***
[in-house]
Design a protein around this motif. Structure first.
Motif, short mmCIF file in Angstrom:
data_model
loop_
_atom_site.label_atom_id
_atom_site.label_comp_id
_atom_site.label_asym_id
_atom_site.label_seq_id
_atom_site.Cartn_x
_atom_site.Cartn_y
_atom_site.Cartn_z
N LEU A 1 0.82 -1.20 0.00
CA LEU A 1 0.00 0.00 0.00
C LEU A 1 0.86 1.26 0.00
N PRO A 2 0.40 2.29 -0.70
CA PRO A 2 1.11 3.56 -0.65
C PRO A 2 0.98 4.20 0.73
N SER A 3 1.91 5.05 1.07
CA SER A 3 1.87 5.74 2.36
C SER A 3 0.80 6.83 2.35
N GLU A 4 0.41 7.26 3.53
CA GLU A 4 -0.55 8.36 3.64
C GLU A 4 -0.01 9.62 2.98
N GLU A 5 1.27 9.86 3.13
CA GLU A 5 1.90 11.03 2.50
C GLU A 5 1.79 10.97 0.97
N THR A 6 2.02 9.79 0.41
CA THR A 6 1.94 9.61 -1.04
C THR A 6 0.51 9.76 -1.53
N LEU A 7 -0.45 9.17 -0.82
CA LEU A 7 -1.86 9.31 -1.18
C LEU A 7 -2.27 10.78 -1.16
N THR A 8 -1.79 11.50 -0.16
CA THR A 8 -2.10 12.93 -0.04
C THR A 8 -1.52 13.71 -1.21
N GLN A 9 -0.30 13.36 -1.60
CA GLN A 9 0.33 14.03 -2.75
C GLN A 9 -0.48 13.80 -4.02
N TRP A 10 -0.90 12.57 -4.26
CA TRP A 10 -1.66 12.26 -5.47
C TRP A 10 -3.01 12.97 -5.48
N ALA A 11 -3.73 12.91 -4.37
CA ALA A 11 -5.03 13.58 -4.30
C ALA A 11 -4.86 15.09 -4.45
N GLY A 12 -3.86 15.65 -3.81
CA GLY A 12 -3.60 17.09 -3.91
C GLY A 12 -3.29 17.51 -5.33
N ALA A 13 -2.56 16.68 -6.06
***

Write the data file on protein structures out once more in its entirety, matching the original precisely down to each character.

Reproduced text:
[in-house]
Design a protein around this motif. Structure first.
Motif, short mmCIF file in Angstrom:
data_model
loop_
_atom_site.label_atom_id
_atom_site.label_comp_id
_atom_site.label_asym_id
_atom_site.label_seq_id
_atom_site.Cartn_x
_atom_site.Cartn_y
_atom_site.Cartn_z
N LEU A 1 0.82 -1.20 0.00
CA LEU A 1 0.00 0.00 0.00
C LEU A 1 0.86 1.26 0.00
N PRO A 2 0.40 2.29 -0.70
CA PRO A 2 1.11 3.56 -0.65
C PRO A 2 0.98 4.20 0.73
N SER A 3 1.91 5.05 1.07
CA SER A 3 1.87 5.74 2.36
C SER A 3 0.80 6.83 2.35
N GLU A 4 0.41 7.26 3.53
CA GLU A 4 -0.55 8.36 3.64
C GLU A 4 -0.01 9.62 2.98
N GLU A 5 1.27 9.86 3.13
CA GLU A 5 1.90 11.03 2.50
C GLU A 5 1.79 10.97 0.97
N THR A 6 2.02 9.79 0.41
CA THR A 6 1.94 9.61 -1.04
C THR A 6 0.51 9.76 -1.53
N LEU A 7 -0.45 9.17 -0.82
CA LEU A 7 -1.86 9.31 -1.18
C LEU A 7 -2.27 10.78 -1.16
N THR A 8 -1.79 11.50 -0.16
CA THR A 8 -2.10 12.93 -0.04
C THR A 8 -1.52 13.71 -1.21
N GLN A 9 -0.30 13.36 -1.60
CA GLN A 9 0.33 14.03 -2.75
C GLN A 9 -0.48 13.80 -4.02
N TRP A 10 -0.90 12.57 -4.26
CA TRP A 10 -1.66 12.26 -5.47
C TRP A 10 -3.01 12.97 -5.48
N ALA A 11 -3.73 12.91 -4.37
CA ALA A 11 -5.03 13.58 -4.30
C ALA A 11 -4.86 15.09 -4.45
N GLY A 12 -3.86 15.65 -3.81
CA GLY A 12 -3.60 17.09 -3.91
C GLY A 12 -3.29 17.51 -5.33
N ALA A 13 -2.56 16.68 -6.06